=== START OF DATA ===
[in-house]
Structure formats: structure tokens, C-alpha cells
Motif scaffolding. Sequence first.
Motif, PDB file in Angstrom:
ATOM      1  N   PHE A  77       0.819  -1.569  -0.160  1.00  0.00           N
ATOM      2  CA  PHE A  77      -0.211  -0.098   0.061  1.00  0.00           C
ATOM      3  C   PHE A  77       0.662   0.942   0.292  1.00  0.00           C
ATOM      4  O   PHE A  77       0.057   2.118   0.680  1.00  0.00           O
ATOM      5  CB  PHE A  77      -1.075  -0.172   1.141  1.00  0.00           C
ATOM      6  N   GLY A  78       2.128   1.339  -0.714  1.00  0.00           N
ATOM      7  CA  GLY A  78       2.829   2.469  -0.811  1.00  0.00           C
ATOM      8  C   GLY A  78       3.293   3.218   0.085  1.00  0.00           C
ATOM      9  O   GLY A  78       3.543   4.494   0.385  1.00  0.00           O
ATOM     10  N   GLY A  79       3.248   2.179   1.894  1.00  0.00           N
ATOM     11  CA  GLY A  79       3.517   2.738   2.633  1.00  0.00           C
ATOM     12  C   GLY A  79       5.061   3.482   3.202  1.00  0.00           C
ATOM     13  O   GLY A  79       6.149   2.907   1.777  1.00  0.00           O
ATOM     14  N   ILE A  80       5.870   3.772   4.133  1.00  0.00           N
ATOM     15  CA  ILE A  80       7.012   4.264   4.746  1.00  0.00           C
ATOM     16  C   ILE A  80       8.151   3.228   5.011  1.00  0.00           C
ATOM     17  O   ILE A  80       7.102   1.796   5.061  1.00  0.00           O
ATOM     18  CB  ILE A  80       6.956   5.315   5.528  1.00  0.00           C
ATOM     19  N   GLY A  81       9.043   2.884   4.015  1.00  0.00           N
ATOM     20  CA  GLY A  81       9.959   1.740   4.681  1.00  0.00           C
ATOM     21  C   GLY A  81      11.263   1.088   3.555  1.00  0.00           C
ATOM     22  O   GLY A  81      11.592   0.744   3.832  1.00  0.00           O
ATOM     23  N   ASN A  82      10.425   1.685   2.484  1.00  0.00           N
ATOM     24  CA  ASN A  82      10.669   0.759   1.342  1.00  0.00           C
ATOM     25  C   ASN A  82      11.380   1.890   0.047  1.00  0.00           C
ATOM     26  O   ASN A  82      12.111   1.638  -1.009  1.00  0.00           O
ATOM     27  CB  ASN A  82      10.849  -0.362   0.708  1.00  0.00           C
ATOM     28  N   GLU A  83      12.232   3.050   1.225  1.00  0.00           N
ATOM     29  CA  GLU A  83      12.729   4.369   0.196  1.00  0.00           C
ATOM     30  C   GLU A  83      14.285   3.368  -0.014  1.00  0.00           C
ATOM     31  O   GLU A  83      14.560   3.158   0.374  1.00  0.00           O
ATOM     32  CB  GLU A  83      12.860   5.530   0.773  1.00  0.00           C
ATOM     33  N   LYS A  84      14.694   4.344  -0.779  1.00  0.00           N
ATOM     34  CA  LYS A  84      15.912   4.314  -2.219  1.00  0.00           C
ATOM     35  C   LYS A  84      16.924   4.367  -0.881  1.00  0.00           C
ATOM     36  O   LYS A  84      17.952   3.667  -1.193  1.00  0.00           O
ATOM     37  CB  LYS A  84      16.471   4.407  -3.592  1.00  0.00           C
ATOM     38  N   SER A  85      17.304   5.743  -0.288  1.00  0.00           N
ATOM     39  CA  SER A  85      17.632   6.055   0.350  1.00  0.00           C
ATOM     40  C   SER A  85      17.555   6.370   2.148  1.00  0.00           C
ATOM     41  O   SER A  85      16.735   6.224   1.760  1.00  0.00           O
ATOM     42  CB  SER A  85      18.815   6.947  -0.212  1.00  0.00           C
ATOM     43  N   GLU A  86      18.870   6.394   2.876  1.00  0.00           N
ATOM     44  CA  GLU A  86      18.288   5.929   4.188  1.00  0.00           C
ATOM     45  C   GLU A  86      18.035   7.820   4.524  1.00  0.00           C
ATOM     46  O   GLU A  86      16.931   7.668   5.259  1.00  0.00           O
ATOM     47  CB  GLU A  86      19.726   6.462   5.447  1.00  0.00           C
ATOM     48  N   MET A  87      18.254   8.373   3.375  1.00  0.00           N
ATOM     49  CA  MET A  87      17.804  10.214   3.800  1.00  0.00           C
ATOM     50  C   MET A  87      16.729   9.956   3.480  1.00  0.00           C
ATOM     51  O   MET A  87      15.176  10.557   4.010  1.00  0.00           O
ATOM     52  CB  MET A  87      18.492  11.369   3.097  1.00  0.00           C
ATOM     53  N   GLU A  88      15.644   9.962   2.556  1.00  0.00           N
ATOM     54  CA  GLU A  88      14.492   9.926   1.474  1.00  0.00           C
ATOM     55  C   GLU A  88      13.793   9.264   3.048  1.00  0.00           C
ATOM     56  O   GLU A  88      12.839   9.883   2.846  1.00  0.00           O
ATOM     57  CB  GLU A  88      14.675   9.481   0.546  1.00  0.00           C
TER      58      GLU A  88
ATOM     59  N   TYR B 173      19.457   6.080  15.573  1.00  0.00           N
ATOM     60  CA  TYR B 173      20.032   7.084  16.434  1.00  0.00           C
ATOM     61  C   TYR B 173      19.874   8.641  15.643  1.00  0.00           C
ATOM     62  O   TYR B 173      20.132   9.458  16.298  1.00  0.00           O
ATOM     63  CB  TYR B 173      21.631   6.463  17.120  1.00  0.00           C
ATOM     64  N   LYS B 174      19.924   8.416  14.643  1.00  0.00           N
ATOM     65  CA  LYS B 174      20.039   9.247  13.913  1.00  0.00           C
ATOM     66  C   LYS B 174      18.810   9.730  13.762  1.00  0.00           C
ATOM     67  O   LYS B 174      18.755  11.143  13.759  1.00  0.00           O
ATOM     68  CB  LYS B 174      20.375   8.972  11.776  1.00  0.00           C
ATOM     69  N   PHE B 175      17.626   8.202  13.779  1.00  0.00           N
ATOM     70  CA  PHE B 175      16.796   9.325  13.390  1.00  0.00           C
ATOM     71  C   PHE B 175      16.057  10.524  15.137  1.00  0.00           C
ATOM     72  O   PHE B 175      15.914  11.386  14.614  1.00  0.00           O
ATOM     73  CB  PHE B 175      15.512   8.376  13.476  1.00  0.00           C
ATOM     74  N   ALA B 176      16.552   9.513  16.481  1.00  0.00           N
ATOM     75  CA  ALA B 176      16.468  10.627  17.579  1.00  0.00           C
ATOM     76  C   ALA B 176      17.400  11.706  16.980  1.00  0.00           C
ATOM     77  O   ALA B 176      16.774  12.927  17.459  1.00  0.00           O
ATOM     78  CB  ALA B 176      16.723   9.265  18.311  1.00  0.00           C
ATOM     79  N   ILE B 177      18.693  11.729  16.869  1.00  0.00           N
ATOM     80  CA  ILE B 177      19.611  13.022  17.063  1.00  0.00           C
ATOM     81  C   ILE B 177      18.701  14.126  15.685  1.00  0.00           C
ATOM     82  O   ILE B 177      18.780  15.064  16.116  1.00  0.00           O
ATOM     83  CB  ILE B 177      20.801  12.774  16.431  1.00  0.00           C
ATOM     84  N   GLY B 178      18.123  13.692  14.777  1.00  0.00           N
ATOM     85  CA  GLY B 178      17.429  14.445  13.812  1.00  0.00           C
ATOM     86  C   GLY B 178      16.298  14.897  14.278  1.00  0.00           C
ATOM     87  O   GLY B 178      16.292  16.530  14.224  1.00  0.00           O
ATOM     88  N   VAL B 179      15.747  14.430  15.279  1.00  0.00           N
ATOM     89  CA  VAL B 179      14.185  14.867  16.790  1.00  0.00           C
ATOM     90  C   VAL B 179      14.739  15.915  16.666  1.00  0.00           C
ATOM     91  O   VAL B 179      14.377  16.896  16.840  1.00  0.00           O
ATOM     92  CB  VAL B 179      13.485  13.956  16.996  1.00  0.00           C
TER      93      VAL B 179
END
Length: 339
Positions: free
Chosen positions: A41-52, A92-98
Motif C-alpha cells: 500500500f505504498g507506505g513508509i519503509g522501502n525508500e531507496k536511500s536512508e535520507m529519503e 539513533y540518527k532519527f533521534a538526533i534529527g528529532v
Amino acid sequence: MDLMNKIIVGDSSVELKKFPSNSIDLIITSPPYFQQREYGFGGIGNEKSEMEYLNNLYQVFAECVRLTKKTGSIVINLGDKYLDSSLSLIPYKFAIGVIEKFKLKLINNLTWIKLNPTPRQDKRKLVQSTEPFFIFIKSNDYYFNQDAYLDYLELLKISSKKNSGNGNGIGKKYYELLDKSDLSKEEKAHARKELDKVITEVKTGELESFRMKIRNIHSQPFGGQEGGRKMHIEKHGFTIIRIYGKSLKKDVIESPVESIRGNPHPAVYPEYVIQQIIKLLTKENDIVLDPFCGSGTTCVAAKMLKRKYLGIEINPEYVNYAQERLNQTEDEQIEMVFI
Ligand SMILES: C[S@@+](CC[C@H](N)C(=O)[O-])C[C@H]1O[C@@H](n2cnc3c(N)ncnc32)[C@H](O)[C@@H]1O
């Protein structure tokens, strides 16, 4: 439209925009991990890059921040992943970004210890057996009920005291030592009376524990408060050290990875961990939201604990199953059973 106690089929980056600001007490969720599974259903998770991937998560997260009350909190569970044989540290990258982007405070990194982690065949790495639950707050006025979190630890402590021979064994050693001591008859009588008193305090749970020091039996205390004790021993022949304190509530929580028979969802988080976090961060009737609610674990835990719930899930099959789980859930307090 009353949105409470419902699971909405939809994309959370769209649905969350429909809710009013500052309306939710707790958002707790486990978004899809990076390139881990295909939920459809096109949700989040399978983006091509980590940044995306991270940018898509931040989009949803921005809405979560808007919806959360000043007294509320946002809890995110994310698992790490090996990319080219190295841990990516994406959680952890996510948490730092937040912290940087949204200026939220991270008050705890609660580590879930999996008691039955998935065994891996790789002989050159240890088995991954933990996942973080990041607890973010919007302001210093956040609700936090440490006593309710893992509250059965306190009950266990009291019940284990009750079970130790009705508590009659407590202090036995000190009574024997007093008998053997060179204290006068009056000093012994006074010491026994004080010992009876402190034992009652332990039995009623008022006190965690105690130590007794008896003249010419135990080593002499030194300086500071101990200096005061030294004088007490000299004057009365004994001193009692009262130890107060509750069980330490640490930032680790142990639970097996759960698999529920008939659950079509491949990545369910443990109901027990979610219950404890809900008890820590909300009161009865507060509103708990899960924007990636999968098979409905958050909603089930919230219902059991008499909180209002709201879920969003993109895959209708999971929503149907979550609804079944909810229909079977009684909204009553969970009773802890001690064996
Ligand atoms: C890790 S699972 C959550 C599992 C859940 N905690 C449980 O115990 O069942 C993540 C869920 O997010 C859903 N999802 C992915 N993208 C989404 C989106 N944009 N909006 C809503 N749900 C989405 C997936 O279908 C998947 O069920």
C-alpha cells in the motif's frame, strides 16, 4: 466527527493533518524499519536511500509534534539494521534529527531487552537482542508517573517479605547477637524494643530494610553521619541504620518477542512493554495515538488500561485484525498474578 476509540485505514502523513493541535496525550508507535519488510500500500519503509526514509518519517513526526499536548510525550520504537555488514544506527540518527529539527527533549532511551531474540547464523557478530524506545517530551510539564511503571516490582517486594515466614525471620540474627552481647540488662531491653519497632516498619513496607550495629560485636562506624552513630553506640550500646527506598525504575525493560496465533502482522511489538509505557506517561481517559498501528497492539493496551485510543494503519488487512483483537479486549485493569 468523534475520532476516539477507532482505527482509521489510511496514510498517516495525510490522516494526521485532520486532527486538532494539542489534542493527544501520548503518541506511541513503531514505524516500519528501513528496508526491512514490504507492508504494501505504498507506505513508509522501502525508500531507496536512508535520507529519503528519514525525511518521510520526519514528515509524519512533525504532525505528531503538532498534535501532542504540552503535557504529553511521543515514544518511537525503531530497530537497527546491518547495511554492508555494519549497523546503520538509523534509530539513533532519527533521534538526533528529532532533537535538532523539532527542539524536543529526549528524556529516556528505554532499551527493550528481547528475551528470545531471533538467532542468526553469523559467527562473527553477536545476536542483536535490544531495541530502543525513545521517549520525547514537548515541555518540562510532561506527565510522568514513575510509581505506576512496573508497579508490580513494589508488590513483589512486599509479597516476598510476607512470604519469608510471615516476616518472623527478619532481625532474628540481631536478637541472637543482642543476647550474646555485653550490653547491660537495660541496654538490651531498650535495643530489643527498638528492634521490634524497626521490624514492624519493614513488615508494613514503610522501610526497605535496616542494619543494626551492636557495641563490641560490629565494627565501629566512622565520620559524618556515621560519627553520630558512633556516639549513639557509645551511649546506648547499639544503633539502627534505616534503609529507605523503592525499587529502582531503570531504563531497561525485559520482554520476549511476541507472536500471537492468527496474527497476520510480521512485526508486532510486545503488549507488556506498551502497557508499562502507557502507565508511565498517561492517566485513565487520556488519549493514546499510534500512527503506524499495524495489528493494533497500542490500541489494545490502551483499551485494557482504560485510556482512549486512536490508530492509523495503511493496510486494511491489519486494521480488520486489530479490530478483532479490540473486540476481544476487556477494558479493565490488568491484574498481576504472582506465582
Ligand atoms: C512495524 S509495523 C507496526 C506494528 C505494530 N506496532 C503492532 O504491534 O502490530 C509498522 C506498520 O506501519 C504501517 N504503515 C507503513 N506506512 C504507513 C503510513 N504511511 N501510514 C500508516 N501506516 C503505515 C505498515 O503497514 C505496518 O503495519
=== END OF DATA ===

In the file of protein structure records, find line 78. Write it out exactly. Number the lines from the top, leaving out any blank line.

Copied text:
ATOM     74  N   ALA B 176      16.552   9.513  16.481  1.00  0.00           N